Thursday, April 28, 2016

Sharp Practice 2 - first impressions

With Salute out of the way, those nice people at Lard Island have sent through my pre-ordered copy of the second edition of Sharp Practice.

Now as I've mentioned here before I've had problems with the first edition.  For one thing I found some of the unnecessarily ambiguous phrasing of the rules frustrating.  Another problem was that some of the rules were just plain annoying.  How many times did we roll for movement or firing and pick up the dice without remembering to count the number of ones and sixes to determine if random events occurred? My main issue, though, was with the disruptive effect of the game's inherent randomness on a finely crafted scenario.

It's fair to say I've remained interested in what the Lardies' games can offer despite, rather than because of, Sharp Practice 1.

I pre-ordered the basic package of SP2. This gets me the hard copy rules, a pdf version, and a pack of the cards that drive the game.

So far my impression is overwhelmingly that the rules show their line of descent  from the far more recent Chain of Command.

The starting forces that you need are, it seems, a little more structured (like the base platoon in a CoC game) and a little smaller.  The latter is A Good Thing; the size of forces in edition one's The Complete Fondler supplement were rather off-putting.

CoC features show in the use of deployment markers that are no unlike Jump Off Points, and in the use of variable numbers of Turns (CoC phases) in a Chapter (CoC turn).

Overall I'd say the first impressions are: nice production, improved layout, and the impression that this is more of a structured game and less of a slightly rambling kit of parts.  More when I get the rules read properly.

Saturday, April 23, 2016

RAGE in Leeds

I met up with Jamie in Leeds today for the latest Royal Armouries Gaming Event.  This one was focussed on the Hundred Years War.  It's not a period I've ever gamed before but Jamie's keen to recruit a couple of HYW Lion Rampant retinues.

Note, if you will, that he has finished his neither 10mm American Revolution armies nor his 28mm Ronin forces - he's a proper wargamer is Jamie.

The event takes place in a separate room on the fourth floor of the Armouries.  I had expected to find games spread throughout the galleries buy I suspect that on the whole this probably worked better as the concentration of games and gamers gave the room a nice buzz.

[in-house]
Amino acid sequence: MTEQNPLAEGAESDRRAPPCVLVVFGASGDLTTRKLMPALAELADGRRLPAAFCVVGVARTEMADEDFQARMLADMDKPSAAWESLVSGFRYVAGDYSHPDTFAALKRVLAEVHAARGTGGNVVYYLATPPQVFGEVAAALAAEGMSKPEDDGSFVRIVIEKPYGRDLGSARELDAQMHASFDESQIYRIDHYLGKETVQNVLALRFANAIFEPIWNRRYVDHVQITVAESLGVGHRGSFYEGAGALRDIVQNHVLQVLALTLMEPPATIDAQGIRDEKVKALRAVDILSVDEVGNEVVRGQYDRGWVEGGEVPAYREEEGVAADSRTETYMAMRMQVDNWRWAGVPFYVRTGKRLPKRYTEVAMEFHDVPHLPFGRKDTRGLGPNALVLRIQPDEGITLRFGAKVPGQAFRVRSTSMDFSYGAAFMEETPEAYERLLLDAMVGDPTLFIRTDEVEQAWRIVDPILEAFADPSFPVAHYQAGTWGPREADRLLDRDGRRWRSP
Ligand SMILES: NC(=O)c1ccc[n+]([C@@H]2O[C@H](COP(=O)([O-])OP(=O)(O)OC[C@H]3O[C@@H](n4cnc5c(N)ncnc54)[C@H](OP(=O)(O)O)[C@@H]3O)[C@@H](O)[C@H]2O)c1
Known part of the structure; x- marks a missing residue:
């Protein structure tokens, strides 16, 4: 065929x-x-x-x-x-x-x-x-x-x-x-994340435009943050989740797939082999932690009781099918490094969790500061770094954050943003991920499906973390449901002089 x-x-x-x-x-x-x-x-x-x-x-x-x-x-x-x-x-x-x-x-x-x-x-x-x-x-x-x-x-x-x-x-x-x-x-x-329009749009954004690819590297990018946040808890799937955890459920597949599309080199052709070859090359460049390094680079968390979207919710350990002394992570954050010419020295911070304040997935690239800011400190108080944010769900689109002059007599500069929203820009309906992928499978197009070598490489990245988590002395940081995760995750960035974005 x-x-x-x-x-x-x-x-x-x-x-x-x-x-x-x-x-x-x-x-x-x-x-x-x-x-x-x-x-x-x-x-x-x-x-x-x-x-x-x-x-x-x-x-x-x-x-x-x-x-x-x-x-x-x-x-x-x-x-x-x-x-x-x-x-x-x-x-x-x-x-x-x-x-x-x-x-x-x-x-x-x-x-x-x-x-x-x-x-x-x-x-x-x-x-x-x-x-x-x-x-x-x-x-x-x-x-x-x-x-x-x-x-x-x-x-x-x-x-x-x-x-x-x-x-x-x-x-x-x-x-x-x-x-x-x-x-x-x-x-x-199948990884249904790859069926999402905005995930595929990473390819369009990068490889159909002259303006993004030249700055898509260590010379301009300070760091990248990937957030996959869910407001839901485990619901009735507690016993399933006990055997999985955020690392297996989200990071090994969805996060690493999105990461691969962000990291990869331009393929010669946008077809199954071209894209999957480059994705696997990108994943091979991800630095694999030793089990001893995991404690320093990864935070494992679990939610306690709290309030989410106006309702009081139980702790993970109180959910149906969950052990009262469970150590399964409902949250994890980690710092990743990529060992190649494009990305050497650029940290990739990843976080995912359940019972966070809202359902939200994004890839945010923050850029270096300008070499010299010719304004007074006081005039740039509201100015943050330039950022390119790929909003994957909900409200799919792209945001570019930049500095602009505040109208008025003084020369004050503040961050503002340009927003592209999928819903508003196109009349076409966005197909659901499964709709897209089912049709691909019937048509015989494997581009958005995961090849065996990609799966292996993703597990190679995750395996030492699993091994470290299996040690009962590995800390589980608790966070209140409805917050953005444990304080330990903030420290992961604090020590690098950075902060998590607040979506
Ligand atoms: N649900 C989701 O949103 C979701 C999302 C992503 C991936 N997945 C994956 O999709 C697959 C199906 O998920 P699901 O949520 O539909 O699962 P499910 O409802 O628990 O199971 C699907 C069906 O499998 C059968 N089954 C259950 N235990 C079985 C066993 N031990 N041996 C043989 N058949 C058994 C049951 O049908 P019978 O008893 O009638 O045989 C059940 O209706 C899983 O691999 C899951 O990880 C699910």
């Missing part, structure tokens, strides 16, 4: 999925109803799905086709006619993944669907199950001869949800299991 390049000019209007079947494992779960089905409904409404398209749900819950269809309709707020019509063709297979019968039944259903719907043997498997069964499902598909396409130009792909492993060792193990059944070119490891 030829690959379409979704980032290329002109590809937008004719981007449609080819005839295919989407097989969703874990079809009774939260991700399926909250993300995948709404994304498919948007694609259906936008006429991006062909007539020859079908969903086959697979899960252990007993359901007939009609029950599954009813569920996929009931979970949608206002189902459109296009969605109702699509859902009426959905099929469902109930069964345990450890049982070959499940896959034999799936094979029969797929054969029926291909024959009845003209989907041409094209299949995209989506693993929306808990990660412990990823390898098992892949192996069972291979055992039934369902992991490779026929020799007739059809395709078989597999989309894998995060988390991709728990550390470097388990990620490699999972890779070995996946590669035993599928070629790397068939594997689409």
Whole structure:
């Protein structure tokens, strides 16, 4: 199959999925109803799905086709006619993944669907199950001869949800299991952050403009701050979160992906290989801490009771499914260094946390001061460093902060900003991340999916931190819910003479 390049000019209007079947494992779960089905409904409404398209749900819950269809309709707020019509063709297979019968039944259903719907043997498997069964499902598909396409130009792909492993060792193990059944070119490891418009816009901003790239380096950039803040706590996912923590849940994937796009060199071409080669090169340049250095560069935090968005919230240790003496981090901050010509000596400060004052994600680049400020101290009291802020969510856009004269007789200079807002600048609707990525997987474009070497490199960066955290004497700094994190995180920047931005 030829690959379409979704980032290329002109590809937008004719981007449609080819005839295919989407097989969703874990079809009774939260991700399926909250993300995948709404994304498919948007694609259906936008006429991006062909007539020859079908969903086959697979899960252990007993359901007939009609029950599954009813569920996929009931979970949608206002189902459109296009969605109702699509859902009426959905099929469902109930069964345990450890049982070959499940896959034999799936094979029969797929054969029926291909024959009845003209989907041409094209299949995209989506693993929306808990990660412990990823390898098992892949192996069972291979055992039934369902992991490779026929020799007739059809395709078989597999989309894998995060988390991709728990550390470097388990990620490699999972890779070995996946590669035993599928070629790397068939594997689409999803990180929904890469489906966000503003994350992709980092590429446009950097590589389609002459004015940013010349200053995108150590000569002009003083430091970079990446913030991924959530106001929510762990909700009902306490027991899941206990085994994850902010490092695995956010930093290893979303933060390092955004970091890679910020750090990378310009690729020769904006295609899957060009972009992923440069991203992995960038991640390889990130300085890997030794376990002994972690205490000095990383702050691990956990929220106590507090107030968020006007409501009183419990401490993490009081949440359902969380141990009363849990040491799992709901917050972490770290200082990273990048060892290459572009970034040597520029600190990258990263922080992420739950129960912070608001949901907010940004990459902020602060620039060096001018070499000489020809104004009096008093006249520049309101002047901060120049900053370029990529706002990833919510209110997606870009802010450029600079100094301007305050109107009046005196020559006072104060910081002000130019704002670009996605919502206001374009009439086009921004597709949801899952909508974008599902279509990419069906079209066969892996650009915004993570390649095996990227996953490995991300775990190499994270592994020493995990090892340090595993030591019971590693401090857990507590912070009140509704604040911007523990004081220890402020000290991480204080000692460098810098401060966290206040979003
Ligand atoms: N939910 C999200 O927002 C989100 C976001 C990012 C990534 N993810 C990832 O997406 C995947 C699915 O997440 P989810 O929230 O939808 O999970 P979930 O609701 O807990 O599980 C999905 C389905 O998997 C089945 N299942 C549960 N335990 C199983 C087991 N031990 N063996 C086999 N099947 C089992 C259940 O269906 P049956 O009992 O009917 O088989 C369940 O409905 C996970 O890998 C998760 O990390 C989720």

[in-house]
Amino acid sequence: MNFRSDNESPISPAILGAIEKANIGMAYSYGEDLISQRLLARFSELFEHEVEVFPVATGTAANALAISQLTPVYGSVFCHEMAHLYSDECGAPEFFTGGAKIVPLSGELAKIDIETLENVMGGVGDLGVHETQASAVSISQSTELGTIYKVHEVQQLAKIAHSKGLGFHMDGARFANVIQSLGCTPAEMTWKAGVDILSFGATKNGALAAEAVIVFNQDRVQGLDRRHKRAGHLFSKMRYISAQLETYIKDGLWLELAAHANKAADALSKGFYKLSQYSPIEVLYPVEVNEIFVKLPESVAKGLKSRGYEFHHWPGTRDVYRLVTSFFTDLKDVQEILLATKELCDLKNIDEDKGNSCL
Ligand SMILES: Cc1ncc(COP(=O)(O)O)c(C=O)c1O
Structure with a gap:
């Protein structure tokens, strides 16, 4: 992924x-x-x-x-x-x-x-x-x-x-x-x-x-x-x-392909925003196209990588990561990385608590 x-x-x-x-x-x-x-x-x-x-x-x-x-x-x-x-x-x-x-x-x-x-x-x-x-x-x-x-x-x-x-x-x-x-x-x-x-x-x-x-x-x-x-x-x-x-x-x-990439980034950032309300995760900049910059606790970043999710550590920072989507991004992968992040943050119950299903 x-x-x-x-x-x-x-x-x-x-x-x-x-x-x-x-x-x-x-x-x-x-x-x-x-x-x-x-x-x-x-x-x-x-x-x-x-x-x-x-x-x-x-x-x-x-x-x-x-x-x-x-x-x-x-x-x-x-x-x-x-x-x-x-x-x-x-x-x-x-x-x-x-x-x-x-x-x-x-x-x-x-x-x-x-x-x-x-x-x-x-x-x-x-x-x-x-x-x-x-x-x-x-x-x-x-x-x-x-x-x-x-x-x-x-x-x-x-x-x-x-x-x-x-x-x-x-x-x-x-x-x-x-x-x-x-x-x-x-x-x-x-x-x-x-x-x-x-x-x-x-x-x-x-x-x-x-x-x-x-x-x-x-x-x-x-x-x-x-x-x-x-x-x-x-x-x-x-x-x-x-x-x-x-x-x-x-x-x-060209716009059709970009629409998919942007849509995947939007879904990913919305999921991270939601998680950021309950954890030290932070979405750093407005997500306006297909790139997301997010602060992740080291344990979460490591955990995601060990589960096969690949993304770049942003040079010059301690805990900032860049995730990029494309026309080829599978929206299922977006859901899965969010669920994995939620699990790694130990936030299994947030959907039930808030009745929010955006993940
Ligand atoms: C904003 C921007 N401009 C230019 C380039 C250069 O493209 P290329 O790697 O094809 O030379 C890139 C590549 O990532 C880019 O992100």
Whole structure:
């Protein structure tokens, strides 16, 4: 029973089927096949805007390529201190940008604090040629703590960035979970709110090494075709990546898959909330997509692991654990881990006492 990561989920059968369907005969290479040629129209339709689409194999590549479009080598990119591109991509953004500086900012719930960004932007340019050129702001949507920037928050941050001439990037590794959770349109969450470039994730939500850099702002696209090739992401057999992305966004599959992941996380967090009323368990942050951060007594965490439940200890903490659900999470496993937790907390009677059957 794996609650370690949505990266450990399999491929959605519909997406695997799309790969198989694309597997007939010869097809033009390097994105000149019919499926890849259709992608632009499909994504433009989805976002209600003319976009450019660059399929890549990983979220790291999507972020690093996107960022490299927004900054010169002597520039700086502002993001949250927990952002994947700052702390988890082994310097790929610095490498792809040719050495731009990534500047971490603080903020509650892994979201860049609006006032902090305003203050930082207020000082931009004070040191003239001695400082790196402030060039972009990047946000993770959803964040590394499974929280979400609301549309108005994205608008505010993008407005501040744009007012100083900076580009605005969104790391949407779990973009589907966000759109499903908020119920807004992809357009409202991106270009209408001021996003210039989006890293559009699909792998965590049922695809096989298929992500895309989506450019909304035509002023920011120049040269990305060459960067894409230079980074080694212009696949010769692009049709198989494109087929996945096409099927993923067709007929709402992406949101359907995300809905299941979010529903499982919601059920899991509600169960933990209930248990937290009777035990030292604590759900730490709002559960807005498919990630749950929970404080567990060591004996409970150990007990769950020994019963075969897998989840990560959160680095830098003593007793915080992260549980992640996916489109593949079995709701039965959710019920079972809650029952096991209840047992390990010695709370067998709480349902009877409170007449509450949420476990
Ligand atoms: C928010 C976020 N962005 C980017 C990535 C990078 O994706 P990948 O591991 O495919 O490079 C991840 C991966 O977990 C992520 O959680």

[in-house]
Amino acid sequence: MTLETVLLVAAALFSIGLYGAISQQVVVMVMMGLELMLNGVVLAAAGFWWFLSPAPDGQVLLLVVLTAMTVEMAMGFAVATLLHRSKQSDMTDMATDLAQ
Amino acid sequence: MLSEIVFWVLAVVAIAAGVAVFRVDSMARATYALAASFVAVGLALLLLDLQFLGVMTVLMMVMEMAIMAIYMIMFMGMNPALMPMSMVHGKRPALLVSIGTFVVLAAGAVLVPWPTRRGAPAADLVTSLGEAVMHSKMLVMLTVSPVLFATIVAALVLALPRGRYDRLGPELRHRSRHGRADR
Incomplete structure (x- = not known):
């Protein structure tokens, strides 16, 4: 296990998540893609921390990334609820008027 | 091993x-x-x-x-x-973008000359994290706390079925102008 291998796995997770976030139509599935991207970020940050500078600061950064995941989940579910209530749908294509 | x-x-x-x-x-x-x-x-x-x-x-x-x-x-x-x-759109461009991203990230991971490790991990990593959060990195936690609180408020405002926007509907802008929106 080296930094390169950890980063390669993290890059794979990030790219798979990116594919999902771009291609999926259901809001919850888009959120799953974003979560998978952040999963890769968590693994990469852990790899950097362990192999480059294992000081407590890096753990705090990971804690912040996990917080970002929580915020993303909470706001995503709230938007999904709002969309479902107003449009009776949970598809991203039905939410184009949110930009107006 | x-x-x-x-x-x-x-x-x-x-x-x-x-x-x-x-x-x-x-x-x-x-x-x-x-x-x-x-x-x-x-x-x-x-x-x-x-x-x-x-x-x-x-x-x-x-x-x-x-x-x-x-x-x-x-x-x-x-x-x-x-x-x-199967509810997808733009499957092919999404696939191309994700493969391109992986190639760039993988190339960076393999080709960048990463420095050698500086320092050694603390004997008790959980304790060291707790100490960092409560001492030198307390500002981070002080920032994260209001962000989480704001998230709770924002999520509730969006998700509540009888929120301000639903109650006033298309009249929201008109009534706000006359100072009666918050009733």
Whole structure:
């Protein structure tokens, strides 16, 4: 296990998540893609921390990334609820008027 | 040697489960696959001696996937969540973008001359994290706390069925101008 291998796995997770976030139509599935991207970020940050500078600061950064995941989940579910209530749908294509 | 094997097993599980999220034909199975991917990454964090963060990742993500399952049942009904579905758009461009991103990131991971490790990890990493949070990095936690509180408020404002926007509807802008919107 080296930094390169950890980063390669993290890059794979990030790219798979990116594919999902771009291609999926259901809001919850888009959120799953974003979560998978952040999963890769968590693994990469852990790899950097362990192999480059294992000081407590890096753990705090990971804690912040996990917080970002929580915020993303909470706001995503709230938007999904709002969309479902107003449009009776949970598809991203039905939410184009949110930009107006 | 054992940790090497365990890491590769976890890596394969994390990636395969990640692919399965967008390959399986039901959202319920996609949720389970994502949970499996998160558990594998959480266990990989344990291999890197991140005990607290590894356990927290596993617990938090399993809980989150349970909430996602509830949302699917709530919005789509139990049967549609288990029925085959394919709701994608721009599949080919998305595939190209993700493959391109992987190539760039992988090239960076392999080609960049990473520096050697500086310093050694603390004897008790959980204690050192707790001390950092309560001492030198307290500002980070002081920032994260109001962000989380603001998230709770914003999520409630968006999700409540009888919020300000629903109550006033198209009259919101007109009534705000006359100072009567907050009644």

The first game that caught my eye was a small game (compared with their enormous Agincourt diorama two floors down) by the Perry brothers.  I took several, rather boring pictures of bits of the terrain I'll probably steal, but here are a few more dramatic ones.

I love the fortified manor house and the figures are gorgeous.  I shall be adding these pics to my file of terrain-making inspiration.

What do you think, though, of the dirt roads?  I have heard it suggested that the green strip down the centre of the road is an artefact of the age of the internal combustion engine and that medieval on roads it would have been trodden to mud by draft horses.  I'm thinking up replacing or improving my existing dirt roads.  Anyone know if I should flock the road centre lines or not?

Next up, is the Peterborough Wargames Society's 54mm game.

This was built by Mike Whittaker of Meeples and Miniatures fame and used the old Donald Featherstone Skirmish Wargames rules.  In true Featherstonian fashion, the bombard is built from cotton reels and balsa wood.

Speaking of Meeples, it was nice to meet and speak to Neil Shuck and Dave Luff, whose enthusiasm on the podcast has lured me into the world of Chain of Command.  I'm going to have to start working out the platoon organisations of the Andreivian Army in the 1920s in CoC format.

Probably the biggest game at the event (though I didn't see much action on the table) was this version of Agincourt by the Lance and Longbow society.  We met up with Will McNally from L&L who reported that he ran this game using Hail Caesar at Salute but I believe Impetus was, at least theoretically, in use this weekend.

Finally, the very friendly guys at the Harrogate club put on a game of Lion Rampant that I was very pleased to join in with.

Based on a doubling up of the Defending the Indefensible scenario in the Lion Rampant rule book, this scenario had a French sally threatening an English siege tower and bombard at Harfleur in 1415.

Playing two Lion Rampant retinues side by side worked very well as did using multi based figures and casualty count markers.  In the end we English triumphed by millimetres.  Literally; a French unit was 30mm away from capturing my bombard when action elsewhere caused a crucial fourth French unit to rout.
Our afternoon at RAGE (and lunch at Pizza Express over the way) was most enjoyable.  I shall certainly go again if they do another.